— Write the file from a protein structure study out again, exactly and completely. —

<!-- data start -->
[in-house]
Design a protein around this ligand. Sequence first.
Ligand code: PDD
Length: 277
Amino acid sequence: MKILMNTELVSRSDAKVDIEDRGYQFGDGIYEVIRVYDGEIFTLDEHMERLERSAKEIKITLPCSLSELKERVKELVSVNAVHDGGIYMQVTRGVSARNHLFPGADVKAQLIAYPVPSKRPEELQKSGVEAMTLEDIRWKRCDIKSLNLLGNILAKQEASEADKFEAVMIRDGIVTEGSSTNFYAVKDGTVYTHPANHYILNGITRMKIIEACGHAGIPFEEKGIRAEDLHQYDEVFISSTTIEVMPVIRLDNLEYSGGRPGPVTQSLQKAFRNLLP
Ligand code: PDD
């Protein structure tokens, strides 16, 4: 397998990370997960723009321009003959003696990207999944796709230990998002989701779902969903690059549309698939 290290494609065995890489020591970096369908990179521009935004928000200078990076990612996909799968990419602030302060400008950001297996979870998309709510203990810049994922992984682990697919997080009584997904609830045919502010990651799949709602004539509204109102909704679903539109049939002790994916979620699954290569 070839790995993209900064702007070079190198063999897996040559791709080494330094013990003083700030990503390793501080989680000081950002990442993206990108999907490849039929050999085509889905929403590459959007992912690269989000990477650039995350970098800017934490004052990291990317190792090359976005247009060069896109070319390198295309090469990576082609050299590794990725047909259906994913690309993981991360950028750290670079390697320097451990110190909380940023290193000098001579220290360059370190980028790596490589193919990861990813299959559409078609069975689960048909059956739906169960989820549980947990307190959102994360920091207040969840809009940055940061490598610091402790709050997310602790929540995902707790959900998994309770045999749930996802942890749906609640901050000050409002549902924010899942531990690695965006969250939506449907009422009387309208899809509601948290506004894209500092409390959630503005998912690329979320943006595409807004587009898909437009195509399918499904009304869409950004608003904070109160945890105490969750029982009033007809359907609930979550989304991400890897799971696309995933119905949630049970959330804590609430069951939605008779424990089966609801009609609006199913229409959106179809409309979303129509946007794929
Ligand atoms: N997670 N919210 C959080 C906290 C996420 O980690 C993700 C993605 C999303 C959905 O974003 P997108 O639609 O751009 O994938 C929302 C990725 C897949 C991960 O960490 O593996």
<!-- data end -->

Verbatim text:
[in-house]
Design a protein around this ligand. Sequence first.
Ligand code: PDD
Length: 277
Amino acid sequence: MKILMNTELVSRSDAKVDIEDRGYQFGDGIYEVIRVYDGEIFTLDEHMERLERSAKEIKITLPCSLSELKERVKELVSVNAVHDGGIYMQVTRGVSARNHLFPGADVKAQLIAYPVPSKRPEELQKSGVEAMTLEDIRWKRCDIKSLNLLGNILAKQEASEADKFEAVMIRDGIVTEGSSTNFYAVKDGTVYTHPANHYILNGITRMKIIEACGHAGIPFEEKGIRAEDLHQYDEVFISSTTIEVMPVIRLDNLEYSGGRPGPVTQSLQKAFRNLLP
Ligand code: PDD
């Protein structure tokens, strides 16, 4: 397998990370997960723009321009003959003696990207999944796709230990998002989701779902969903690059549309698939 290290494609065995890489020591970096369908990179521009935004928000200078990076990612996909799968990419602030302060400008950001297996979870998309709510203990810049994922992984682990697919997080009584997904609830045919502010990651799949709602004539509204109102909704679903539109049939002790994916979620699954290569 070839790995993209900064702007070079190198063999897996040559791709080494330094013990003083700030990503390793501080989680000081950002990442993206990108999907490849039929050999085509889905929403590459959007992912690269989000990477650039995350970098800017934490004052990291990317190792090359976005247009060069896109070319390198295309090469990576082609050299590794990725047909259906994913690309993981991360950028750290670079390697320097451990110190909380940023290193000098001579220290360059370190980028790596490589193919990861990813299959559409078609069975689960048909059956739906169960989820549980947990307190959102994360920091207040969840809009940055940061490598610091402790709050997310602790929540995902707790959900998994309770045999749930996802942890749906609640901050000050409002549902924010899942531990690695965006969250939506449907009422009387309208899809509601948290506004894209500092409390959630503005998912690329979320943006595409807004587009898909437009195509399918499904009304869409950004608003904070109160945890105490969750029982009033007809359907609930979550989304991400890897799971696309995933119905949630049970959330804590609430069951939605008779424990089966609801009609609006199913229409959106179809409309979303129509946007794929
Ligand atoms: N997670 N919210 C959080 C906290 C996420 O980690 C993700 C993605 C999303 C959905 O974003 P997108 O639609 O751009 O994938 C929302 C990725 C897949 C991960 O960490 O593996």